Supreme Court Justice Clarence Thomas will be delivering a speech at the dedication of the campus’ new Christ Chapel at its opening ceremony in early October, President Larry P. Arnn announced this past Parents Weekend.
Arnn and faculty agreed that Thomas is an appropriate speaker for the dedication ceremony, due to his relationship with the college in recent years, coming as the 2016 commencement speaker where Arnn awarded Thomas an Honorary Degree, his service to the public, and his upstanding character.
“We are related in that he is widely admired here,” Arnn said in an email. “I personally think and have thought for a long time him the best public servant of our time.”
Arnn said he invited Thomas to speak at the ceremony through a letter more than a month ago and received a response from Thomas a few weeks later. From the invitation letter, Arnn said he expects that Thomas will speak about topics related to faith, freedom, and learning and may ask for suggestions not included in the invitation letter.
“In inviting the Justice to speak at graduation a few years ago, in granting him an Honorary Degree, and in inviting him to speak at the chapel dedication as well, the college clearly shows just how highly it regards Justice Thomas,” Provost David Whalen said. “He is a credit to the country and its deepest principles. It is fitting that one so faithful and moved by gratitude for his faith should speak at the dedication.”
Although an official date for completion has not been set, the college administration and contractors have agreed finishing touches on the chapel should be completed by early October, although there is still a lot left to be done, according to the project’s architect Duncan Stroik.
“We’re very excited about it,” Stroik said. “They have been working very hard and overtime. We have many suppliers around the country and around the world, and they are doing a great job with great quality.”
Stroik said his job includes designing the chapel and assisting the owner and contractor in foreseeing and reviewing the design of the chapel, but he does not have any control over the construction’s schedule.
“The thing that is a challenge to balance is schedule and quality,” Stroik said. “It’s like writing a paper. You can rush, but it won’t be done well. We want to provide excellence within a deadline.”
Stroik said this spring, the front portico will be constructed, along with the completed copper domes that will connect to the two towers. Sometime this spring and summer, two arcades will also be added, which will connect to the Grewcock Student Union with covered entrances to the sides of the chapel, providing multiple ways of entry.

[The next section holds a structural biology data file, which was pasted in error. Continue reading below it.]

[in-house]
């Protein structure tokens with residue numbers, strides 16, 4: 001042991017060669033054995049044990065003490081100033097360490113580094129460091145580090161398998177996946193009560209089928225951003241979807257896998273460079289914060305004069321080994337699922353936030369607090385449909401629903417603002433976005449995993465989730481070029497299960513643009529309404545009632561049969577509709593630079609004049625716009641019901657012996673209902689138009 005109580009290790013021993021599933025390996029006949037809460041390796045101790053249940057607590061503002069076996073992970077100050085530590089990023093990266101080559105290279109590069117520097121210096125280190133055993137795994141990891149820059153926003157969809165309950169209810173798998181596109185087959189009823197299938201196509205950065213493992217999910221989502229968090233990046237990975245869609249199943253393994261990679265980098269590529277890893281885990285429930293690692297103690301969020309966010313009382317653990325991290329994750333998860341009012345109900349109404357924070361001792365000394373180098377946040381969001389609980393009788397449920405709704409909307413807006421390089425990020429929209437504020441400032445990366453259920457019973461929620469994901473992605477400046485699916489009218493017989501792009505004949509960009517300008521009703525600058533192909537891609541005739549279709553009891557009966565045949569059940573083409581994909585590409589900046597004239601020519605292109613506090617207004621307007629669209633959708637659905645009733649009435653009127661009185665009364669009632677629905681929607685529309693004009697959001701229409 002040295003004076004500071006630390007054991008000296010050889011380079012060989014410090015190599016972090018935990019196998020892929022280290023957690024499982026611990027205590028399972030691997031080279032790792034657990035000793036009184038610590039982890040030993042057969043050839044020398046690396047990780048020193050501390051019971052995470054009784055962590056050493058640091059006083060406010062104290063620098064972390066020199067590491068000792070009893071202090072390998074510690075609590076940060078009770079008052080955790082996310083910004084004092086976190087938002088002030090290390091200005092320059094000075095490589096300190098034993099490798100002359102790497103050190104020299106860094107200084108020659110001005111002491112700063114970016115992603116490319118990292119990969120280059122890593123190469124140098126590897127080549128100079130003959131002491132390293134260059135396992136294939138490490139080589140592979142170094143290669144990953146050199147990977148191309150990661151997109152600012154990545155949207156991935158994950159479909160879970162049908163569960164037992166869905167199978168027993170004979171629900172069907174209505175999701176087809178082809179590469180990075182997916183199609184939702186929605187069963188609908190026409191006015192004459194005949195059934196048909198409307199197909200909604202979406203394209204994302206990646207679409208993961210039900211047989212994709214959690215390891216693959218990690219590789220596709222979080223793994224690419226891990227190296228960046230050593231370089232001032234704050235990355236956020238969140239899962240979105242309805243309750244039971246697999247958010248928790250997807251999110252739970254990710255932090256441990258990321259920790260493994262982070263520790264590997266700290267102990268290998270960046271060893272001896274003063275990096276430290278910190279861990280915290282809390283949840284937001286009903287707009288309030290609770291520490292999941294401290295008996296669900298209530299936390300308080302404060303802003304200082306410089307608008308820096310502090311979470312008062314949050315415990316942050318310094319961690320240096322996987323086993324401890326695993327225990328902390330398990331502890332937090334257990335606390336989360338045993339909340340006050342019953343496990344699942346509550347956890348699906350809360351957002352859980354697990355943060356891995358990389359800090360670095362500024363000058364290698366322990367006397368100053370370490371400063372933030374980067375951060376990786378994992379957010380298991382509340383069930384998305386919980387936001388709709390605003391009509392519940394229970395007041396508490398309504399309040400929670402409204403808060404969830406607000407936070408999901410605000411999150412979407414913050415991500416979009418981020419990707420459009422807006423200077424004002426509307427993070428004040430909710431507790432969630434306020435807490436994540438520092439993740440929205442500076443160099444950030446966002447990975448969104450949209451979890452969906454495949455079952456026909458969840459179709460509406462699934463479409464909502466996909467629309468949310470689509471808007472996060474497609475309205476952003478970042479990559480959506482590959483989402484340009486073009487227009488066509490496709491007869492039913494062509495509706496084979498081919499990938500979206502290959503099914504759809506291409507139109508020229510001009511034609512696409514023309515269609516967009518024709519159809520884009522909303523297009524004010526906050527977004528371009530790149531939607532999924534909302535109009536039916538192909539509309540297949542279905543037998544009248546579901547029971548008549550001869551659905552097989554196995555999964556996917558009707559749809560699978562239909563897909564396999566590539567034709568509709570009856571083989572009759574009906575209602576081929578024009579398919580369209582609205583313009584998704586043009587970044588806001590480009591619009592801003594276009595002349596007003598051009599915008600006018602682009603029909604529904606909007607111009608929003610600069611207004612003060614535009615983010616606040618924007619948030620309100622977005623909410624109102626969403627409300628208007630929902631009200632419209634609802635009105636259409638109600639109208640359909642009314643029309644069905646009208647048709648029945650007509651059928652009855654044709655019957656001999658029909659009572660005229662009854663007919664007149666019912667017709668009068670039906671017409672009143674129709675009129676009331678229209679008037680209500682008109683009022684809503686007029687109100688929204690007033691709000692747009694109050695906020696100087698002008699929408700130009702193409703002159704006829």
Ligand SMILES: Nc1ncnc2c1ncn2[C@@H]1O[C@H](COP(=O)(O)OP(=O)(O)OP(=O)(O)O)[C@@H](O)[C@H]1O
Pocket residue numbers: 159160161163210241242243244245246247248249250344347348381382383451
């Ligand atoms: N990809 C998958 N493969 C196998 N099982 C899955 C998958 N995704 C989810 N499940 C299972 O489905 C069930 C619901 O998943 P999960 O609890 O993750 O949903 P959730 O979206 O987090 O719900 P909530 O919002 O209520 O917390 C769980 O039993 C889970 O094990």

“Reflected on the exterior, some elements speak to Central Hall, and some participate in the greater tradition of architecture,” Stroik said. “When designing the chapel, we looked at the great tradition of early American Christian churches on the East Coast, being derived from the great churches by Sir Christopher Wren and Gibbs in London, England.”
As for the chapel’s interior, Stroik said the internal structure and plaster should be completed by the end of spring, while they will be working on the chapel’s marble floors and stained glass until its opening. This summer, they will be installing the chapel’s organ.
“The chapel is a complicated building with lots of reference points, such as early American churches, English churches, and buildings in the nation’s capital, which tie Hillsdale to the nation’s capital,” he said. “The capital’s pedagogy today is the American Constitution and progress, and the chapel makes those connections. We wanted to connect the chapel to local things but even further to tradition of sacred architecture and specifically civic architecture in the nation’s capital.”
With this unique architectural connection, Thomas as the choice for the chapel’s opening is appropriate, since he is a public servant and upholder of justice in the nation’s capital, according to college administration.
“Though he is not a clergyman, he nevertheless stands as an excellent embodiment of both high learning and the profound embrace of revelation,” Whalen said. “We are grateful he will join us that day.”